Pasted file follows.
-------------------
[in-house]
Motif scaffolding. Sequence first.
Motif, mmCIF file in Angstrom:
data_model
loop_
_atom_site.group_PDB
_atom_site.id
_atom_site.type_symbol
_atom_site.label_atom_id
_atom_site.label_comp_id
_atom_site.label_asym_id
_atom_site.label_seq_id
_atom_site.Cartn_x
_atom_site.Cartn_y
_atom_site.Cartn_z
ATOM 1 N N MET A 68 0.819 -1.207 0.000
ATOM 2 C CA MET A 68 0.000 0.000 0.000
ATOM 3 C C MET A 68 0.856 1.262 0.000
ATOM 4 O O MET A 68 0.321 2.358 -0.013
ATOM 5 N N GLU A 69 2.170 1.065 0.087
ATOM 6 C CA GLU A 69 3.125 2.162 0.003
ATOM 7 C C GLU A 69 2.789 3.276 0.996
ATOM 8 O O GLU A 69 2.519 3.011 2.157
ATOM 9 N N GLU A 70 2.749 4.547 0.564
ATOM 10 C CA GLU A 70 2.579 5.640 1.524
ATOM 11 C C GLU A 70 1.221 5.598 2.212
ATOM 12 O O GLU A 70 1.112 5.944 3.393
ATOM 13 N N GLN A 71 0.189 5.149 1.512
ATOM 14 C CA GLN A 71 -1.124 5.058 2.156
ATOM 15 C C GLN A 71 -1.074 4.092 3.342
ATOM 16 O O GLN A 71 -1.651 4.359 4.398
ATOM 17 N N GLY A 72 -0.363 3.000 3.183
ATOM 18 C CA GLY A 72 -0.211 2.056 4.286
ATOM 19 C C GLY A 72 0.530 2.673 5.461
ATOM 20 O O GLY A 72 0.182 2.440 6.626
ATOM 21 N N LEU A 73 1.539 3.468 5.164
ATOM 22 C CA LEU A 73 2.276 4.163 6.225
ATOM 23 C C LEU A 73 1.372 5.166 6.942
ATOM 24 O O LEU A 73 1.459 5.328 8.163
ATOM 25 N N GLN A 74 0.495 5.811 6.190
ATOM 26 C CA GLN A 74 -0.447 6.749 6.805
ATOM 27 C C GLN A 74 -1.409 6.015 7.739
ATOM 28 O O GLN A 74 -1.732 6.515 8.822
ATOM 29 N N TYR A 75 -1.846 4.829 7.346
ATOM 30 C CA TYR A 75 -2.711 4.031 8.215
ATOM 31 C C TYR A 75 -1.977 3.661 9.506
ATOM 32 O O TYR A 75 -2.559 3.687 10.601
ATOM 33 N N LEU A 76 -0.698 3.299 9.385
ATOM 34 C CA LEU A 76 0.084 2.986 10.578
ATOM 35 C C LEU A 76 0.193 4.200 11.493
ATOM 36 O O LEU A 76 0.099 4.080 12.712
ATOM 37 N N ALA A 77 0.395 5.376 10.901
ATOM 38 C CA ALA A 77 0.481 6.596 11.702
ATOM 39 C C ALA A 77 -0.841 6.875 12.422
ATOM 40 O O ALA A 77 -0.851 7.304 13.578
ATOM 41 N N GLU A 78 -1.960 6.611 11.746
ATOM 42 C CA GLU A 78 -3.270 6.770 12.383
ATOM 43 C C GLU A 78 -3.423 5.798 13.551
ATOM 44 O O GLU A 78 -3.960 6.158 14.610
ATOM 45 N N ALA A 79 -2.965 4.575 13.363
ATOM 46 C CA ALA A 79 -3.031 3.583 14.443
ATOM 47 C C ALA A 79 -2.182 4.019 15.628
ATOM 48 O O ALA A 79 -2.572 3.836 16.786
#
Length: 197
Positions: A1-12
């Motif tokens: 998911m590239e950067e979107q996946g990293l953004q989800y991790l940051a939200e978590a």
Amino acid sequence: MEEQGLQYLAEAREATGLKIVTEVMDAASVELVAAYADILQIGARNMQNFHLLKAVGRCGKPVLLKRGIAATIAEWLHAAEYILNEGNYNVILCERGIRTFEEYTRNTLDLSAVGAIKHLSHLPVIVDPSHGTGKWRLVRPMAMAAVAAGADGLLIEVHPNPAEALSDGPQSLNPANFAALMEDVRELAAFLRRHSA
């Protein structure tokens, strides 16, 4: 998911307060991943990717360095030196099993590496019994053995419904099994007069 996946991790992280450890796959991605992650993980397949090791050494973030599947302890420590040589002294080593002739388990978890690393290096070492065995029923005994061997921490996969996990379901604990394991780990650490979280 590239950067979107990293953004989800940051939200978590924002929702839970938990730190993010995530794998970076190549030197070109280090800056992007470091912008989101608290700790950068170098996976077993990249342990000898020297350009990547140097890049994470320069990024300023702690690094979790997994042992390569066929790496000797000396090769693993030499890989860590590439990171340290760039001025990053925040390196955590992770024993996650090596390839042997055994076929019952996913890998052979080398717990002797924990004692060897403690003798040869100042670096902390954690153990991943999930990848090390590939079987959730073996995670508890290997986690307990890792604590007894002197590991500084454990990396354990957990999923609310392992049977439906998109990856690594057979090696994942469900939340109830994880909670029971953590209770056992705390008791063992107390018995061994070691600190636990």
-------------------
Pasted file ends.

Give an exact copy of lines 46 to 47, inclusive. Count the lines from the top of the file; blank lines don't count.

ATOM 31 C C TYR A 75 -1.977 3.661 9.506
ATOM 32 O O TYR A 75 -2.559 3.687 10.601